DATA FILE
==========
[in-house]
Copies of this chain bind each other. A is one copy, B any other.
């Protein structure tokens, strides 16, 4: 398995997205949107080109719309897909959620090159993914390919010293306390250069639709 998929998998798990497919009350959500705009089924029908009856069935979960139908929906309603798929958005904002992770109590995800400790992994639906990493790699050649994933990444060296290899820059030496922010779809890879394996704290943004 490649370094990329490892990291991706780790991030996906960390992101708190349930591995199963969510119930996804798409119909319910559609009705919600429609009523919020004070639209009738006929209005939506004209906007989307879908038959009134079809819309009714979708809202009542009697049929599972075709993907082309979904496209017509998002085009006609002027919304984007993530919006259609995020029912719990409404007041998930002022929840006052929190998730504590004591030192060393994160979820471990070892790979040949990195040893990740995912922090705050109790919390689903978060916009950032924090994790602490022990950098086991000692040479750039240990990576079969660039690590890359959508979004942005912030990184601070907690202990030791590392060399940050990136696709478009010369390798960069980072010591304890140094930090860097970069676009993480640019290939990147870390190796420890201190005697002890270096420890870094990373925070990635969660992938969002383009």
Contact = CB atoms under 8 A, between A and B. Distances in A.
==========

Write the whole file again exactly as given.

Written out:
[in-house]
Copies of this chain bind each other. A is one copy, B any other.
């Protein structure tokens, strides 16, 4: 398995997205949107080109719309897909959620090159993914390919010293306390250069639709 998929998998798990497919009350959500705009089924029908009856069935979960139908929906309603798929958005904002992770109590995800400790992994639906990493790699050649994933990444060296290899820059030496922010779809890879394996704290943004 490649370094990329490892990291991706780790991030996906960390992101708190349930591995199963969510119930996804798409119909319910559609009705919600429609009523919020004070639209009738006929209005939506004209906007989307879908038959009134079809819309009714979708809202009542009697049929599972075709993907082309979904496209017509998002085009006609002027919304984007993530919006259609995020029912719990409404007041998930002022929840006052929190998730504590004591030192060393994160979820471990070892790979040949990195040893990740995912922090705050109790919390689903978060916009950032924090994790602490022990950098086991000692040479750039240990990576079969660039690590890359959508979004942005912030990184601070907690202990030791590392060399940050990136696709478009010369390798960069980072010591304890140094930090860097970069676009993480640019290939990147870390190796420890201190005697002890270096420890870094990373925070990635969660992938969002383009």
Contact = CB atoms under 8 A, between A and B. Distances in A.